1 Massacre Wurm: One more Wurm against decks with a lot of small creatures, like those mentioned above.

2 Pack Rat: An alternative wincon if we expect a lot of hard grave-hate, such as if they’re boarding in 4 copies of Leyline of the Void.

1 Ravenous Chupacabra: some more creature removal.

1 Brain Maggot: A Thoughtseize attached to a creature. I’m not a big fan of creatures that give back the cards they stole when they die, so I play only 1 copy.

Vs UW Auras

InOut
+4 Thoughtseize
+2 Legion’s End
+1 Plague Mare
+1 Massacre Girl
+1 Ravenous Chupacabra
-4 Fiend Artisan
-3 Mire Triton
-1 Woe Strider
-1 Lurrus of the Dream-Den

Vs Bant / Sultai Ramp

+4 Thoughtseize
+2 Pack Rat
+2 Tymaret, Chosen from Death
+1 Brain Maggot
-3 Mire Triton
-4 Priest of Forgotten Gods
-1 Massacre Wurm
-1 Lurrus of the Dream-Den

Vs Jund Citadel

InOut
+1 Plague Mare
+1 Massacre Girl
+1 Massacre Wurm
+1 Ravenous Chupacabra
+2 Legion’s End
-3 Mire Triton
-1 Rankle, Master of Pranks
-2 Priest of Forgotten Gods

Vs Goblins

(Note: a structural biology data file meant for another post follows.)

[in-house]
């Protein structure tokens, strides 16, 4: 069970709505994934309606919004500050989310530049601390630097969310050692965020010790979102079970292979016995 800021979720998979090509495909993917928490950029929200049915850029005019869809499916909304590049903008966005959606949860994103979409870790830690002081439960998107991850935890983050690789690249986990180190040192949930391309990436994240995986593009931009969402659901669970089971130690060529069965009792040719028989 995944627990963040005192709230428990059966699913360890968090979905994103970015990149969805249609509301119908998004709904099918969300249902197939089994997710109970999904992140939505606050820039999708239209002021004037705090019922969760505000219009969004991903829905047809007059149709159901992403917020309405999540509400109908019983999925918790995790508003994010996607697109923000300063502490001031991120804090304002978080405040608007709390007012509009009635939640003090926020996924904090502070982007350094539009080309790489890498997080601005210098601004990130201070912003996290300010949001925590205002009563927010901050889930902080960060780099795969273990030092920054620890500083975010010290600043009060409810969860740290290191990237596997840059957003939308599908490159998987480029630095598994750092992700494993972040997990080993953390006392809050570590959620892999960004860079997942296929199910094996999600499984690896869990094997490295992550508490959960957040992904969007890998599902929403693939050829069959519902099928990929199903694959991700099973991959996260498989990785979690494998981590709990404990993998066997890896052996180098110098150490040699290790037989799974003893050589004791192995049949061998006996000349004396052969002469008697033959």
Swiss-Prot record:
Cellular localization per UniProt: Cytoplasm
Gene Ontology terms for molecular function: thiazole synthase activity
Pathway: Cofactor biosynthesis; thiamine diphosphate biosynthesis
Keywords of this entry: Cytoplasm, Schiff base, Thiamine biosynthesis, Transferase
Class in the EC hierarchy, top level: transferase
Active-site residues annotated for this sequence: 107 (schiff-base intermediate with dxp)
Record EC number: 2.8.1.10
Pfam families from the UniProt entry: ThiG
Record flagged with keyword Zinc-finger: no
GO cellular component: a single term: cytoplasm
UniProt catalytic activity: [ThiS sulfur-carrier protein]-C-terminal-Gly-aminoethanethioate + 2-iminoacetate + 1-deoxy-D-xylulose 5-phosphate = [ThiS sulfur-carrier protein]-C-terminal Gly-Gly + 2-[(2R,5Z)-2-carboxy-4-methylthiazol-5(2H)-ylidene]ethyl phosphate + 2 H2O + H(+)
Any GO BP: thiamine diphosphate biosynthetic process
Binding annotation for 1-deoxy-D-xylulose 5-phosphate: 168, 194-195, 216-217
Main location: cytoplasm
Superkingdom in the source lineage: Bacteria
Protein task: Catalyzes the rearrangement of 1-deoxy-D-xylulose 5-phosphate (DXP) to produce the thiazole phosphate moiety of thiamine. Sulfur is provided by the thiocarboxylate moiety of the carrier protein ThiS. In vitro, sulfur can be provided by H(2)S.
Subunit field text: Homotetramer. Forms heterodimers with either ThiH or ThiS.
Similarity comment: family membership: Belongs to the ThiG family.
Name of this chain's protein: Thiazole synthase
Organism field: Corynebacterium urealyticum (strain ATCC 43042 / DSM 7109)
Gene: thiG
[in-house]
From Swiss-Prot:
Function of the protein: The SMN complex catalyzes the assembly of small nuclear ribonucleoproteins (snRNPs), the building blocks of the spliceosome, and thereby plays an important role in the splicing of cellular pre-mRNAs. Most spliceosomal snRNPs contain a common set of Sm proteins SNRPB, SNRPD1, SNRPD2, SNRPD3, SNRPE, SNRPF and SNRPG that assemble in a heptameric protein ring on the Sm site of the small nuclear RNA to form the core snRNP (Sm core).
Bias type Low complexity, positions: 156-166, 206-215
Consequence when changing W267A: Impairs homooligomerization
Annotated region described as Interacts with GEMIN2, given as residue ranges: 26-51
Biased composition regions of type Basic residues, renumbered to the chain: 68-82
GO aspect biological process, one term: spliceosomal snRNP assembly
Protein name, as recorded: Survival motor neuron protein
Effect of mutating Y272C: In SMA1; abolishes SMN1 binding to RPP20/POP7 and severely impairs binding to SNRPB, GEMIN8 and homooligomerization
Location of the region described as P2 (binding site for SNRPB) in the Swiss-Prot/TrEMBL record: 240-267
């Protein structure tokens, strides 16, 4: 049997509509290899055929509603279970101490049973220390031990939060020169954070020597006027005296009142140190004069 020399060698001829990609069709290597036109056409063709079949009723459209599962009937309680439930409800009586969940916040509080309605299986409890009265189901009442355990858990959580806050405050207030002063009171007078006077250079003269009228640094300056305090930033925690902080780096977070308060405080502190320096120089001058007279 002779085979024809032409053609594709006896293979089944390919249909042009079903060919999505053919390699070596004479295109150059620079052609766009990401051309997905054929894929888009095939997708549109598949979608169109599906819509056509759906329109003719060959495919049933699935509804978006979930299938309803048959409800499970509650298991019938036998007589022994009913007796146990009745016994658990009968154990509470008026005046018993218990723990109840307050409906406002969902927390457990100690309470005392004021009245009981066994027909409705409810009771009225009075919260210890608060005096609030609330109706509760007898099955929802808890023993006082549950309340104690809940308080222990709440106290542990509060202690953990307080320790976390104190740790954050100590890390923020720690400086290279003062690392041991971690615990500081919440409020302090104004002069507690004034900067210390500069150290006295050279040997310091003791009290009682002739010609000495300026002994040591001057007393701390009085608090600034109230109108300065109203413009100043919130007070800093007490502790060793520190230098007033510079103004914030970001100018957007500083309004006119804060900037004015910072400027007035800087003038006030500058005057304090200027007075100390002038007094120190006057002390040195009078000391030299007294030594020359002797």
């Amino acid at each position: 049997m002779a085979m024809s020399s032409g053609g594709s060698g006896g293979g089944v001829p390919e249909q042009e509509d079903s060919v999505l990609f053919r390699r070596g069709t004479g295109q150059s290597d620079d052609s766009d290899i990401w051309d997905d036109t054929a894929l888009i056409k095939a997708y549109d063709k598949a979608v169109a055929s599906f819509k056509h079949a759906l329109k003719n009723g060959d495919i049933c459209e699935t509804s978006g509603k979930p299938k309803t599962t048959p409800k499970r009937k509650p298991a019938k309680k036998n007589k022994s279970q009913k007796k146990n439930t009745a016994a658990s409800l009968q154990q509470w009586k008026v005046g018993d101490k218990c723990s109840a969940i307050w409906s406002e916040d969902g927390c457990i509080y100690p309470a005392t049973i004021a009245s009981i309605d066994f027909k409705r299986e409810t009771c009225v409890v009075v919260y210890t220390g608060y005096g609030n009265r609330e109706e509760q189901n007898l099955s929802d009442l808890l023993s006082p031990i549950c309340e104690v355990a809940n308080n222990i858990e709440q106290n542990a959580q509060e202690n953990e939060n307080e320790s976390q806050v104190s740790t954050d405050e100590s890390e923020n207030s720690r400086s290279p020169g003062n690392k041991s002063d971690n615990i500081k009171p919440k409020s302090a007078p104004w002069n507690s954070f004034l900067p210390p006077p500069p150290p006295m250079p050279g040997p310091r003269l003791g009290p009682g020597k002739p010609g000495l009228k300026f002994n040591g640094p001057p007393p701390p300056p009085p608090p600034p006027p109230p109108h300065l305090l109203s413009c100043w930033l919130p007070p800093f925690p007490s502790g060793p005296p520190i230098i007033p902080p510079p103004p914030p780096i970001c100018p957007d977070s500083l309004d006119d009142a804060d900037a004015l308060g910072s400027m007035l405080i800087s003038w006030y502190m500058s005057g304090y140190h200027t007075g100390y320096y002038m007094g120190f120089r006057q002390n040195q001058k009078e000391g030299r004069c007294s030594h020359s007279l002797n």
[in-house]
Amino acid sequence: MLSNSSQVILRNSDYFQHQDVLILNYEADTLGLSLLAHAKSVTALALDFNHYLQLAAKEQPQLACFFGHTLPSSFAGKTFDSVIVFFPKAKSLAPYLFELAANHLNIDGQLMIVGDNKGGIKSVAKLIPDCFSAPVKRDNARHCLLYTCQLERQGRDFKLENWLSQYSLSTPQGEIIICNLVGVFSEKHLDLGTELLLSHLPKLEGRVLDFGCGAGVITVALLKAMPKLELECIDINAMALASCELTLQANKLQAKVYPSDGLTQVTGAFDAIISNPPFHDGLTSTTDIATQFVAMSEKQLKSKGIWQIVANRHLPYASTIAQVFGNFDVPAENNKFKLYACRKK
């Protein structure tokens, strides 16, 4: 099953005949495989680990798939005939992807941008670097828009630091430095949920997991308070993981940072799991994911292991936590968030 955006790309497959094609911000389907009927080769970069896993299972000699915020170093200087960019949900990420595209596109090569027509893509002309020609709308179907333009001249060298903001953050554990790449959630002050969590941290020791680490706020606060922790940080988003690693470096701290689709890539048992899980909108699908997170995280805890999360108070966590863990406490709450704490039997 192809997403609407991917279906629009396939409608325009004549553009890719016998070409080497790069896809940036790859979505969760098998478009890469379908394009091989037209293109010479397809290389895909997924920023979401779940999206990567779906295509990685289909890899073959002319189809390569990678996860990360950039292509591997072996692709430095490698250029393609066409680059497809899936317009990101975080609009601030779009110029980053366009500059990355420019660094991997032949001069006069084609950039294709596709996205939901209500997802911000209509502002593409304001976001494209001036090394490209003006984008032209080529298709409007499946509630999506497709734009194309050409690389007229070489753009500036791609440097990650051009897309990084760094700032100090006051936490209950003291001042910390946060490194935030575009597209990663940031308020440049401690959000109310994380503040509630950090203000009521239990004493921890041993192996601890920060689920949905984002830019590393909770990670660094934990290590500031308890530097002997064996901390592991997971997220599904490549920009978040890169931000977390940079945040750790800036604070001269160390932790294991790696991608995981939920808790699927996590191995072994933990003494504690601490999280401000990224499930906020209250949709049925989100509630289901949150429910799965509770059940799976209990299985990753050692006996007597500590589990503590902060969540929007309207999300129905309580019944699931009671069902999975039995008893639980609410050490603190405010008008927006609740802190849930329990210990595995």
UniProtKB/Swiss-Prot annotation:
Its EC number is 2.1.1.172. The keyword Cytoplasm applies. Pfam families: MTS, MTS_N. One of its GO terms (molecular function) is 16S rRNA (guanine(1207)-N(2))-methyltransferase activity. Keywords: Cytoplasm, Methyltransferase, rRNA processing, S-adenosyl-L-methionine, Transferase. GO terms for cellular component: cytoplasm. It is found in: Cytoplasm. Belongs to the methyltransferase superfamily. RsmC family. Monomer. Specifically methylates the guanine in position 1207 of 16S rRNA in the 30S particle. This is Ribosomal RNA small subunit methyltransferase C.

InOut
+1 Plague Mare
+1 Massacre Girl
+1 Ravenous Chupacabra
+1 Massacre Wurm
-3 Mire Triton
-1 Rankle, Master of Pranks

Vs MonoR

InOut
+1 Massacre Girl
+1 Ravenous Chupacabra
+2 Legion’s End
+2 Tymaret, Chosen from Death
-1 Massacre Wurm
-1 Rankle, Master of Pranks
-4 Fiend Artisan

Vs RB Pyromancer Arcanist

InOut
+1 Massacre Girl
+1 Ravenous Chupacabra
+2 Legion’s End
+2 Tymaret, Chosen from Death
-4 Fiend Artisan
-2 Priest of Forgotten Gods

Zendikar Rising

The future looks ripe with Gifts and Gates, as Zendikar Rising is bringing several new tools for this style of deck soon. Not only does Feed the Swarm help with the graveyard hate problem as I mentioned before, but Agadeem’s Awakening is a ridiculously powerful card that will greatly bolster our secondary beatdown plan for practically no opportunity cost. Malakir Rebirth is also a double faced card worth considering, since we’ve got plenty of enter-the-battlefield abilities and it would allow us to benefit from them twice, while sacrificing the creature for other purposes or when our opponent casts a removal spell.

Some of the creatures may well make an appearance too, and there could be a Cleric-based build with Taborax, Hope’s Demise! Thanks for reading.